There seemed to be no clouds that my father and I did not want to motor directly under for a solid drenching on DAY 3 out on Upper Goose Lake here in Ontario, Canada. One thunderhead in particular was looming and ominous so we decided not to stay out on the lake but rather to head in to camp. However, this just meant that we motored straight into the storm (which was not a thunderstorm, just a good drencher in the end) and rode with it to shore--later in the day I talked to some guys that had been fishing just a little beyond where we had gotten spooked and they said they only got sprinkled on. Not us! As my father put it "it was like someone turned a fire hose on us for 5 minutes". To which we can both say rain gear is not really prepared. It held up great on all of our other soakings, but this one was just too much--in part perhaps because I was holding our rain gear pants in my hands and saying --which one is whose? just before the sloshing got started--so we were both tugging on the gear when the skies opened up. In fact, as we boated home I saw a massive line of indentations cross the water in front of us and turned around perplexed when my dad had that alarmed "oh, wow, we are going to really really get wet" look and after that one line it was upon us--or shall I say we advanced properly into its center? And that is how we kindly brought the storm with us--as we were both travelling at what seemed the same speed!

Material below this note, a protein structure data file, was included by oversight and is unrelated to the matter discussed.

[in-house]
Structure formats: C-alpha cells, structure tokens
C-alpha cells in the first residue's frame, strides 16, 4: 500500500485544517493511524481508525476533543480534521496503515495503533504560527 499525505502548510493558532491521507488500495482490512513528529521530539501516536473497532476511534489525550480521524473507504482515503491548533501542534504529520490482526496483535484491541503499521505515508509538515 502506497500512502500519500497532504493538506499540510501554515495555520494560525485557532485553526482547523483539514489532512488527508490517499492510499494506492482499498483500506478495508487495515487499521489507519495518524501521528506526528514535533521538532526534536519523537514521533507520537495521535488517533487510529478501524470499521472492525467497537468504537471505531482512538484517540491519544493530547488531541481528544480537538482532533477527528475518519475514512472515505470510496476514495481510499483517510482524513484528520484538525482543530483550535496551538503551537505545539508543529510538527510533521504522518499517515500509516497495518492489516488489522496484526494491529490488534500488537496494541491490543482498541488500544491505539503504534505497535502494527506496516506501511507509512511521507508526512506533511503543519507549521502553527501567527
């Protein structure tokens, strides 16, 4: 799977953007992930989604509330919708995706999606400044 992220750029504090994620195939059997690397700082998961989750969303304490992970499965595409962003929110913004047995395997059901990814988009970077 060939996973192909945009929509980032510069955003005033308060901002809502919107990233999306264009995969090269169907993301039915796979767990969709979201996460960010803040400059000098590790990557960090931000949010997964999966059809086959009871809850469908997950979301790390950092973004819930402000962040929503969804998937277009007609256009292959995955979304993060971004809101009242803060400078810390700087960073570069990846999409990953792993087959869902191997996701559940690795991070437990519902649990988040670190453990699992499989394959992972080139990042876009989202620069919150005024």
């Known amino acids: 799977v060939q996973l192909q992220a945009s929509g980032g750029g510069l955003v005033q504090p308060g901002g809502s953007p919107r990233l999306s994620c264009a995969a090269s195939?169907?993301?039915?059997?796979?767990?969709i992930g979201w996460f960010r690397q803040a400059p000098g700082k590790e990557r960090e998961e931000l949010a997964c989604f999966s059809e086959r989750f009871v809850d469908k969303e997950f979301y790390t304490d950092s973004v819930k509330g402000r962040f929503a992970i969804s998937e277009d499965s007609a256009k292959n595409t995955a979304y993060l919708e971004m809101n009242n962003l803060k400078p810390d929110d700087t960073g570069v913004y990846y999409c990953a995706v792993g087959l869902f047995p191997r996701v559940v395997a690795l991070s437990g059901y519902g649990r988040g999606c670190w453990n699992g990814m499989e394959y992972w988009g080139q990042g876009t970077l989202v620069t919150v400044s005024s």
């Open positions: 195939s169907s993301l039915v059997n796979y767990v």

Back at camp we took HOT showers and changed out of our wet things and admired the wild rainy and windy moment which oddly passed right on through leaving bright sun behind. So, as we were not to be
deterred, out we went for another fishing moment--and we had a nice time casting for northern on a shore and around some of the islands that are just to the east of camp. I caught about 4 small (but not tiny in the least) northern on a surface spinner bait--which is a ton of fun as the fish comes up over the surface to really grab the thing. All were let loose again and we tried fishing another shore but after getting rained on some more and no longer getting bites, we decided it was time for dinner.
Of course, part of Day 3 was dad catching the smallest fish thus far. Now fishermen like to tell tall tales of the big one that got away or the big one they caught, but rarely do you hear a fisherman spinning a yarn about the tiny wriggling little sprite of a fish he managed to get into the boat. But really, they should. Because it is not all that easy to get the tiniest little fish caught on some of the optimistically large hooks we use. And so, to commemorate the fabulous deed of catching the tiniest fish on the trip, here is the photo I took to mark that great moment in fishing history for dad:
What was spectacular about the cloudbursts that travelled through bringing rain off and on, however, was the sunset. In fact, the sunsets on day 3, 4 and 5 have been spectacular (tonight is the eve of day 5 and so I am doing a little backlog blogging tonight). Here are a couple of photos from the magnificent sunset on Day 3:
|Undoctored photo of the magnificent sunset over Upper Goose Lake from Bull Moose Camp by Jennifer K Dick|
|The view of the dock and sunset by Fred Dee|
|Two boats in for the night with the sunset across Upper Goose Lake by Fred Dee|
|The blinding ray of sun crossing the lake as if towards us (my photo!)|